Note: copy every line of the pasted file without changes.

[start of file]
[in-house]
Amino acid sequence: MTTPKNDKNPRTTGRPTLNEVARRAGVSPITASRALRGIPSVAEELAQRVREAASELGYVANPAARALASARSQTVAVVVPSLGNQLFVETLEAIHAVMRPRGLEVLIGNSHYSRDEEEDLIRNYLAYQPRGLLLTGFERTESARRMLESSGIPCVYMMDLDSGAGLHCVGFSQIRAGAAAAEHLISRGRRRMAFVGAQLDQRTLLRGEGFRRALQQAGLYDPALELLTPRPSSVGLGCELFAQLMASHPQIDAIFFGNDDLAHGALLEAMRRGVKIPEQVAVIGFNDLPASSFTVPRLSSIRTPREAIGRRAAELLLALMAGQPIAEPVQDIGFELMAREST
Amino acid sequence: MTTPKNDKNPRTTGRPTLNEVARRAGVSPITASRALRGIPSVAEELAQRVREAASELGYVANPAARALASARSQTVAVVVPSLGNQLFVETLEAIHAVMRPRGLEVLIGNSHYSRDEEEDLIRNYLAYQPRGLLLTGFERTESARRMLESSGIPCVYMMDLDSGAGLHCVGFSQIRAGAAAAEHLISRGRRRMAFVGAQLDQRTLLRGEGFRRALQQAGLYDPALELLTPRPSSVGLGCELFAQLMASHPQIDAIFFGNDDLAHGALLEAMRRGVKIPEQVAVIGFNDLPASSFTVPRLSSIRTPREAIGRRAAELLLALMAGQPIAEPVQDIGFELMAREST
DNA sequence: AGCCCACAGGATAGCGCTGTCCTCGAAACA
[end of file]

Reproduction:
[in-house]
Amino acid sequence: MTTPKNDKNPRTTGRPTLNEVARRAGVSPITASRALRGIPSVAEELAQRVREAASELGYVANPAARALASARSQTVAVVVPSLGNQLFVETLEAIHAVMRPRGLEVLIGNSHYSRDEEEDLIRNYLAYQPRGLLLTGFERTESARRMLESSGIPCVYMMDLDSGAGLHCVGFSQIRAGAAAAEHLISRGRRRMAFVGAQLDQRTLLRGEGFRRALQQAGLYDPALELLTPRPSSVGLGCELFAQLMASHPQIDAIFFGNDDLAHGALLEAMRRGVKIPEQVAVIGFNDLPASSFTVPRLSSIRTPREAIGRRAAELLLALMAGQPIAEPVQDIGFELMAREST
Amino acid sequence: MTTPKNDKNPRTTGRPTLNEVARRAGVSPITASRALRGIPSVAEELAQRVREAASELGYVANPAARALASARSQTVAVVVPSLGNQLFVETLEAIHAVMRPRGLEVLIGNSHYSRDEEEDLIRNYLAYQPRGLLLTGFERTESARRMLESSGIPCVYMMDLDSGAGLHCVGFSQIRAGAAAAEHLISRGRRRMAFVGAQLDQRTLLRGEGFRRALQQAGLYDPALELLTPRPSSVGLGCELFAQLMASHPQIDAIFFGNDDLAHGALLEAMRRGVKIPEQVAVIGFNDLPASSFTVPRLSSIRTPREAIGRRAAELLLALMAGQPIAEPVQDIGFELMAREST
DNA sequence: AGCCCACAGGATAGCGCTGTCCTCGAAACA